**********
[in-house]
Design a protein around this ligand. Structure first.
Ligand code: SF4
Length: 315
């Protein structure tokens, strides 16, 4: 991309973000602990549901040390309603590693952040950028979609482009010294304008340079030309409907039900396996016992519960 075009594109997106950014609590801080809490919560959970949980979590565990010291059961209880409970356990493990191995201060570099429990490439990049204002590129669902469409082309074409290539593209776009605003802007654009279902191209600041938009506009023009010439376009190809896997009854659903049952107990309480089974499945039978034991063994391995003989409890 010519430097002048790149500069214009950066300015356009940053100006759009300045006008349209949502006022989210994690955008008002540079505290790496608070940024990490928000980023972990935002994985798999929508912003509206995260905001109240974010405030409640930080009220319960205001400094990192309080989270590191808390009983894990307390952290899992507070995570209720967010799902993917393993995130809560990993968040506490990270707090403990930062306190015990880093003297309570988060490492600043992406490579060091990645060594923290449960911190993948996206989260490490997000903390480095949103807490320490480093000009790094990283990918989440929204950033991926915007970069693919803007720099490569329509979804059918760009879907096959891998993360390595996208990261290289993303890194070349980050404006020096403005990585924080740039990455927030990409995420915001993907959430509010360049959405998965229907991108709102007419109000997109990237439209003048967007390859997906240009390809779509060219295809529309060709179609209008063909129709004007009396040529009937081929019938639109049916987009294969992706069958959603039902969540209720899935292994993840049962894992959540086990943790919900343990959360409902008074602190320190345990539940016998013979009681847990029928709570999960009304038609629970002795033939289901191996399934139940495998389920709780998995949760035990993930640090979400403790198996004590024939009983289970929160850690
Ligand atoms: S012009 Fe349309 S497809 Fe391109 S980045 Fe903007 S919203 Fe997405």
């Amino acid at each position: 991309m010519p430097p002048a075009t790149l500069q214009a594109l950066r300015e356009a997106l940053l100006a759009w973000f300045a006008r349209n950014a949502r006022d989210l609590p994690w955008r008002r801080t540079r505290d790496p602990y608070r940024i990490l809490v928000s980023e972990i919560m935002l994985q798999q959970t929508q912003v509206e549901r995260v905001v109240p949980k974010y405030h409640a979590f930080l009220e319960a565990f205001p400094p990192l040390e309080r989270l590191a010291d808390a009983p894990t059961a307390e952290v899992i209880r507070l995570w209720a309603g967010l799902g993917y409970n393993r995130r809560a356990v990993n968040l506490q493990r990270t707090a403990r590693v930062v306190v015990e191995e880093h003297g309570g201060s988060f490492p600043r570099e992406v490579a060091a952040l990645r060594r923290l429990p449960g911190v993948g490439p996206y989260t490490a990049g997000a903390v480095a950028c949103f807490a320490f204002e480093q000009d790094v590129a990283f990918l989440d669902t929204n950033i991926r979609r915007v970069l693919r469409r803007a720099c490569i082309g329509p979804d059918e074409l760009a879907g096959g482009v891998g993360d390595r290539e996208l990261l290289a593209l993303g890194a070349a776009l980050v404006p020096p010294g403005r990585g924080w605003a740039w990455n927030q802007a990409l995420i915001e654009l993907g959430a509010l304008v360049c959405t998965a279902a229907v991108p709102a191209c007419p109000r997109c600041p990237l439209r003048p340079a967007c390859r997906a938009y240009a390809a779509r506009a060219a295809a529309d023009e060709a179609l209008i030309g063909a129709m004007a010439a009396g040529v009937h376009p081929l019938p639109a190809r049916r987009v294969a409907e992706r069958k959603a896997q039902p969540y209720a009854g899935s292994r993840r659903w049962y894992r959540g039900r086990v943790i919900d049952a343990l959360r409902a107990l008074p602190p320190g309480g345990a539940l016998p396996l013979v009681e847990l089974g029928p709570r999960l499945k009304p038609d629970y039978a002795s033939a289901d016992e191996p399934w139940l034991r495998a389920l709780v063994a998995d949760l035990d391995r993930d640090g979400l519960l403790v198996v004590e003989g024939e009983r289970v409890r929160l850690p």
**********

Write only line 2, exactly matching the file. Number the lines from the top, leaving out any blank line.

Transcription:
Design a protein around this ligand. Structure first.